Okay, I am going to write about something that I have been scared to write about for a long time now. Maybe some of you have noticed tones of it in my other posts. Maybe not.
A little over a year ago I admitted, to myself and to my partner, that I have depression.
Admitting it to myself finally made my struggle real. For so long I have resonated with other people’s stories of depression. Whether it was their stories on facebook, or The Bell Jar by Sylvia Plath. The thing is, I wasn’t suicidal. So in my mind I didn’t have depression. Because other people’s stories were always so much worse than mine. But comparing your hardships to others doesn’t make them any less painful. And just because I knew that outting myself wouldn’t solve anything and would only hurt those around me, didn’t mean there weren’t moments when I just wished I wasn’t alive.
Admitting to my partner was my first step to getting help. His reaction showed me that I had support, and I was amazed time and time again at the relief I felt as I told each of the closest people in my life. I was no longer alone, to carry this burden on my own.
In August of 2017 I started taking medication. And things got better, a lot better. Very very quickly. I couldn’t believe the difference. I couldn’t believe that I had suffered for so long when there was such an easy way out. I thought that if it kept getting better at that rate then I’d be off the meds and cured in no time.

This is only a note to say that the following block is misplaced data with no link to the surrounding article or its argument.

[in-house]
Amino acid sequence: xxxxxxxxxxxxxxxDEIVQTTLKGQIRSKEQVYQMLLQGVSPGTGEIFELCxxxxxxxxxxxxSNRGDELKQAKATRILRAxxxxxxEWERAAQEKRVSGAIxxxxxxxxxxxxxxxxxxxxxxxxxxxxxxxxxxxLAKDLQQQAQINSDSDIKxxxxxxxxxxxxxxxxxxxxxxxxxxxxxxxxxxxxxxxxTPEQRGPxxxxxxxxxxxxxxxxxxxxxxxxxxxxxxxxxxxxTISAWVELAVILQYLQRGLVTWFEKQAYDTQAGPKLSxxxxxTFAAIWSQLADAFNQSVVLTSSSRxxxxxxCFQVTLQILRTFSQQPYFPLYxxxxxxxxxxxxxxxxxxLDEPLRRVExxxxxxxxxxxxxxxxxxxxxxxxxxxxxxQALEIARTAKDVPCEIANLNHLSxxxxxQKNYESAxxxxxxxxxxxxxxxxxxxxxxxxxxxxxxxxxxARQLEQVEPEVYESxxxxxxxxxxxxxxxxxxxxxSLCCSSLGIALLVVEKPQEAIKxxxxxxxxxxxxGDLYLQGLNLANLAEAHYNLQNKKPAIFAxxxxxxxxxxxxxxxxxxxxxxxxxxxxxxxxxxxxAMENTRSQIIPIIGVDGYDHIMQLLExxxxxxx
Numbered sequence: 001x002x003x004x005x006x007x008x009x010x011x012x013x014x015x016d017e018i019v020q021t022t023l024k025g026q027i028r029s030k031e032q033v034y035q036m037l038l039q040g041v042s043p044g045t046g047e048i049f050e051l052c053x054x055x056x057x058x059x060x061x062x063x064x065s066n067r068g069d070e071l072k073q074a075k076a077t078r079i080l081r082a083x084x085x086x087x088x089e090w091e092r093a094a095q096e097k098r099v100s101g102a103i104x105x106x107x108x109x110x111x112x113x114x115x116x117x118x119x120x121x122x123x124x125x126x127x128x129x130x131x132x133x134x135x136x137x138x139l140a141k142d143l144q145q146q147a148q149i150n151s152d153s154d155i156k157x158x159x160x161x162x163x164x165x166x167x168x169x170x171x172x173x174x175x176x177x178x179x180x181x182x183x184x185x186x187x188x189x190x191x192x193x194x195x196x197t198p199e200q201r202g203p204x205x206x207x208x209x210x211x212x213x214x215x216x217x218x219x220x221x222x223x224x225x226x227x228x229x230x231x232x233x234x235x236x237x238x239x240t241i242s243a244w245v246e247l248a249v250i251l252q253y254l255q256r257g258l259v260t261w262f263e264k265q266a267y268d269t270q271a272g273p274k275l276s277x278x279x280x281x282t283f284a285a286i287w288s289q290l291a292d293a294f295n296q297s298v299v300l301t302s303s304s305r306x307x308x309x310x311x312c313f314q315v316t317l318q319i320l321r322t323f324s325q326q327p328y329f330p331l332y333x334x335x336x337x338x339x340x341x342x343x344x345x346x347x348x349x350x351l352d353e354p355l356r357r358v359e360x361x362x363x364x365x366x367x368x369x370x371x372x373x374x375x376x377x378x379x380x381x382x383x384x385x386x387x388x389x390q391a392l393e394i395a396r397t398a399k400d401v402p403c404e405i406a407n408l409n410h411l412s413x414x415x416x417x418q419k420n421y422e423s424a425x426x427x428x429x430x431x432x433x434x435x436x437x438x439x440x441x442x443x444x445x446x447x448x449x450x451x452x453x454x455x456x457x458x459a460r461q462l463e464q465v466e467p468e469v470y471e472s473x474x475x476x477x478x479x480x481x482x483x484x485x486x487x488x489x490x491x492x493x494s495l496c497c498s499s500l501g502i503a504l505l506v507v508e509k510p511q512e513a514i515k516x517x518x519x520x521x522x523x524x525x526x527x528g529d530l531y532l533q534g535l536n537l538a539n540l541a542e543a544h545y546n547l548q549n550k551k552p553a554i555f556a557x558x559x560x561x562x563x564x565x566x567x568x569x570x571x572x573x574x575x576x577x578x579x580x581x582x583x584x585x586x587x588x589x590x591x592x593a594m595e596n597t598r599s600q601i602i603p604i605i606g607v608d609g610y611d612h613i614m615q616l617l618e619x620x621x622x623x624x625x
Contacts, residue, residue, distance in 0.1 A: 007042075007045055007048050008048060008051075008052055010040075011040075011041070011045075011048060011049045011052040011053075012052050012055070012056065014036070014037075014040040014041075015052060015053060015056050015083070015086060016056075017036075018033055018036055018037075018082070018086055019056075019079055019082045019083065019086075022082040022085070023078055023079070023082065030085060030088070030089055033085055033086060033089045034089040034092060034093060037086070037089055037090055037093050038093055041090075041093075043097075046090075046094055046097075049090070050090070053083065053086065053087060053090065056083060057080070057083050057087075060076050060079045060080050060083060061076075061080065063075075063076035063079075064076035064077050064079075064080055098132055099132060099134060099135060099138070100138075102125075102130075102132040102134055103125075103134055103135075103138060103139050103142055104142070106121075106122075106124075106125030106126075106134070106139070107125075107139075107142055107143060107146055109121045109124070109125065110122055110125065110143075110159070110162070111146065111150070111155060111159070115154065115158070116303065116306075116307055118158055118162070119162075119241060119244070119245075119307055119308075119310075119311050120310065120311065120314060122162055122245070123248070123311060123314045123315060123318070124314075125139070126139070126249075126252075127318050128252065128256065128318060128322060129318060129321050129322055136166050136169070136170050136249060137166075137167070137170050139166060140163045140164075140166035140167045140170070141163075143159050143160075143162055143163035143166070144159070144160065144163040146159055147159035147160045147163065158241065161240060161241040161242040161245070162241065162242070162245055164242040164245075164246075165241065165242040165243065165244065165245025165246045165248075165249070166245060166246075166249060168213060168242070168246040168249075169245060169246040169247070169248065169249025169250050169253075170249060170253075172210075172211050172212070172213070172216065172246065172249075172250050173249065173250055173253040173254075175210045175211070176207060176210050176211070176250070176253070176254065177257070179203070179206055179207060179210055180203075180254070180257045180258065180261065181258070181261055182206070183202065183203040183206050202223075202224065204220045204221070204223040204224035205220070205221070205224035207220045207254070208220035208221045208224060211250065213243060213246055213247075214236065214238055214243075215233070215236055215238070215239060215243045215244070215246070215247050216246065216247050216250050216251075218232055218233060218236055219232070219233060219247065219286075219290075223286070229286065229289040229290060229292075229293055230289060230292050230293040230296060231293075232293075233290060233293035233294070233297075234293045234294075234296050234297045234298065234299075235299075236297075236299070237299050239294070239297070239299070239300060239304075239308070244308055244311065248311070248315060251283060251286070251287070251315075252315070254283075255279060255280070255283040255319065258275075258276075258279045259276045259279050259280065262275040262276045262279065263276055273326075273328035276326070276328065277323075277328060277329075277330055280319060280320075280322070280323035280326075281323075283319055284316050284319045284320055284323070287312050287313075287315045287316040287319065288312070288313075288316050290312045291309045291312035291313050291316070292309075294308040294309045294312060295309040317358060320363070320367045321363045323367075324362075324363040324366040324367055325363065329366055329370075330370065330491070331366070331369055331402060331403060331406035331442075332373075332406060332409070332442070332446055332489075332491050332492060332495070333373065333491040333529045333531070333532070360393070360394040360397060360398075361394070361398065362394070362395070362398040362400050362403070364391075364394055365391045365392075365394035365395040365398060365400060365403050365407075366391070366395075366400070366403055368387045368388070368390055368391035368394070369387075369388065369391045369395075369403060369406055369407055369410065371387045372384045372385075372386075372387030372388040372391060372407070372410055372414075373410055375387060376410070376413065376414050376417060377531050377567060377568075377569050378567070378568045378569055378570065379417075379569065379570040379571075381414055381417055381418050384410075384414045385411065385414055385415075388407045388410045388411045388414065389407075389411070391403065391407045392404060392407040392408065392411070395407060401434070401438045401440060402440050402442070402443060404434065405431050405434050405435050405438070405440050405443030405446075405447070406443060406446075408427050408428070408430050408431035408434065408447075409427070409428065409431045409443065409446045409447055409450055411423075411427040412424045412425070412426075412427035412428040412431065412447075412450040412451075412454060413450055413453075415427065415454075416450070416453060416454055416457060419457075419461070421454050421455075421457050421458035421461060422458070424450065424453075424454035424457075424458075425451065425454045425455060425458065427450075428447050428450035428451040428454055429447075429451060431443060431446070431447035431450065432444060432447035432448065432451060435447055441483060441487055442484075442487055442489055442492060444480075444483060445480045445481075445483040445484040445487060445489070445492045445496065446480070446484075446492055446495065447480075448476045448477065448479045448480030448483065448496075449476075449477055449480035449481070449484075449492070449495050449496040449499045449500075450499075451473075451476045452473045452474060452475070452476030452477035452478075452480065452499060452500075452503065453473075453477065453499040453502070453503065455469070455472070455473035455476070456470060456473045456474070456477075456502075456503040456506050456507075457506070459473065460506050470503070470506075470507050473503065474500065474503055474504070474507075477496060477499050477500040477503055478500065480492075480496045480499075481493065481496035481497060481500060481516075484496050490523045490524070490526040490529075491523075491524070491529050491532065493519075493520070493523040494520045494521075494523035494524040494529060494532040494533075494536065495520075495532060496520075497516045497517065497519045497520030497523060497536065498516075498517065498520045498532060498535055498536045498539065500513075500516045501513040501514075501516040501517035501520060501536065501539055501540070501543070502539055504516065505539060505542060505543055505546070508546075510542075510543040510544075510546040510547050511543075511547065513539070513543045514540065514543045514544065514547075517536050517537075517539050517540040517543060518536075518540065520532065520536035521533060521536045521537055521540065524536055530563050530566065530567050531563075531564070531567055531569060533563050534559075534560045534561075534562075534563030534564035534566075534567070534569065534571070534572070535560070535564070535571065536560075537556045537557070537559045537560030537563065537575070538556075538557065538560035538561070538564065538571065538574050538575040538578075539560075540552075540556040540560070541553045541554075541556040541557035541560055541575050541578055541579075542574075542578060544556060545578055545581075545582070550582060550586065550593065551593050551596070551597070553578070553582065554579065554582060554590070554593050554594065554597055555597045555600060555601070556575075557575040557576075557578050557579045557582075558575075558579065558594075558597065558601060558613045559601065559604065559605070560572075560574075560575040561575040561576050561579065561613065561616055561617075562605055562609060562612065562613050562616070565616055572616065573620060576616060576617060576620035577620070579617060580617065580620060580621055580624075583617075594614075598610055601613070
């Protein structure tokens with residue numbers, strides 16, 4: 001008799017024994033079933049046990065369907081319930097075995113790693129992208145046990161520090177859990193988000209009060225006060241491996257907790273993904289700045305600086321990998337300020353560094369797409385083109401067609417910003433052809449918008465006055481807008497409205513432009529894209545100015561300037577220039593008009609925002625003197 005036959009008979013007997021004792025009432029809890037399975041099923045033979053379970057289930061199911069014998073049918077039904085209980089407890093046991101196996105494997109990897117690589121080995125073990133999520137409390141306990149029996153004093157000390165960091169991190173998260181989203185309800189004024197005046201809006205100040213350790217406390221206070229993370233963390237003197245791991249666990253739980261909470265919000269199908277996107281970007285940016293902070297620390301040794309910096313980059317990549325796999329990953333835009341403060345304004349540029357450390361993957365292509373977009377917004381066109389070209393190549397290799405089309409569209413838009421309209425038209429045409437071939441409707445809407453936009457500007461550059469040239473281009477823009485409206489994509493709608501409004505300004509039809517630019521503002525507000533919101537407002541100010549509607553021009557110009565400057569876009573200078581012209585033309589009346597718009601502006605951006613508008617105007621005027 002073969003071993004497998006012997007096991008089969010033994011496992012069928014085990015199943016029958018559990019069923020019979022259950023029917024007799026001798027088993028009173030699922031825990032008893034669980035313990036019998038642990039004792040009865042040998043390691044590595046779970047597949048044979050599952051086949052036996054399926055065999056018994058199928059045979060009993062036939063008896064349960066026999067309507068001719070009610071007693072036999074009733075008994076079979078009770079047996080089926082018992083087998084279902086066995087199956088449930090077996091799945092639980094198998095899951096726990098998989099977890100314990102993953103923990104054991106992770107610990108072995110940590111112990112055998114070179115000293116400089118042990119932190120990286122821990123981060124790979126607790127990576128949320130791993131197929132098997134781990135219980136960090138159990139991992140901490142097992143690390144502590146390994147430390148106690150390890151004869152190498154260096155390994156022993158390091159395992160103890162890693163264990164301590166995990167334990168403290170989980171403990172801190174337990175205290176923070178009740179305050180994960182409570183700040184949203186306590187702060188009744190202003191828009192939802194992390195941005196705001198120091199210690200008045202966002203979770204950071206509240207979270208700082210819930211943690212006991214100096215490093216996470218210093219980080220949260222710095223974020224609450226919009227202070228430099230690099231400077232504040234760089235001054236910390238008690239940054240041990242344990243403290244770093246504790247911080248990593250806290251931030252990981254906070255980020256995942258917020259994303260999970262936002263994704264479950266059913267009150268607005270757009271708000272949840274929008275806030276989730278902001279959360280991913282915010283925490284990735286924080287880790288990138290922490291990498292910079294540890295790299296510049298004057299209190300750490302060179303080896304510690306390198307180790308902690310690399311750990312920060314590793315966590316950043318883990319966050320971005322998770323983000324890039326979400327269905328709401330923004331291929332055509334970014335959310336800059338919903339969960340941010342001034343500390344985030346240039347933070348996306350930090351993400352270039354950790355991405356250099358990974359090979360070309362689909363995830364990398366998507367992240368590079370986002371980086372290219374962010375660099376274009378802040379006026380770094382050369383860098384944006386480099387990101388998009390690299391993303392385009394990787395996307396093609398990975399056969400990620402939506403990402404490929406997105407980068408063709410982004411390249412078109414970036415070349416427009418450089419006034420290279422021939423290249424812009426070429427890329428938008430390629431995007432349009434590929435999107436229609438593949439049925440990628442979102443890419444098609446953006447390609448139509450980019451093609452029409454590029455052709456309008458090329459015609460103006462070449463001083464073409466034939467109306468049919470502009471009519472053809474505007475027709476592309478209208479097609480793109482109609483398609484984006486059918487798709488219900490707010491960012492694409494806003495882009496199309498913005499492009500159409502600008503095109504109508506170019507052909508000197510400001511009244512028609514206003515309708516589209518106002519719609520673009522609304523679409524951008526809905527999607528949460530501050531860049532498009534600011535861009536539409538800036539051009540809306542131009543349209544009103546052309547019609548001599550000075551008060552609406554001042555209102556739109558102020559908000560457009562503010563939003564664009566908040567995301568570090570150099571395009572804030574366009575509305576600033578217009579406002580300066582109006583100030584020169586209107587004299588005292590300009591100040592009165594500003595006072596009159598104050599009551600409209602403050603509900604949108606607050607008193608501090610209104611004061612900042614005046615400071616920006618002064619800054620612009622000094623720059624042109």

But nothing is ever that easy.
Eventually it sort of plateaued. And then I had an episode. And another one. And another one. The third time I fell into despair, and worried that I would never get better and that this was my life and I was stuck with it.
I needed something to get me out of it. So I curled up in my dark room, under fuzzy blankets, surrounded by snotty kleenex and a few of my favourite comfort items, and I put on The Hilarious World of Depression Podcast. It put some good ideas into my head. One of the stories was from someone who had the exact same thought I did: “how can I live the rest of my life like this?” But then they took a step back and looked at the bigger picture, and realized that each episode had gotten better than the last. Maybe not the episode itself, but at least the way they managed it.
And for me, looking back, it has gotten significantly better. In the way I manage it and in the way it feels. Getting better is going to be a long and difficult road, with maybe a few detours, and construction zones along the way. So today, when I woke up, and that miserable thought started to creep into my mind, oozing darkness like a big disgusting demon, I looked at it and said F*** you! You don’t get to decide how my day is going to be.
So far, I think it worked.
Image by Der-Reiko on DeviantArt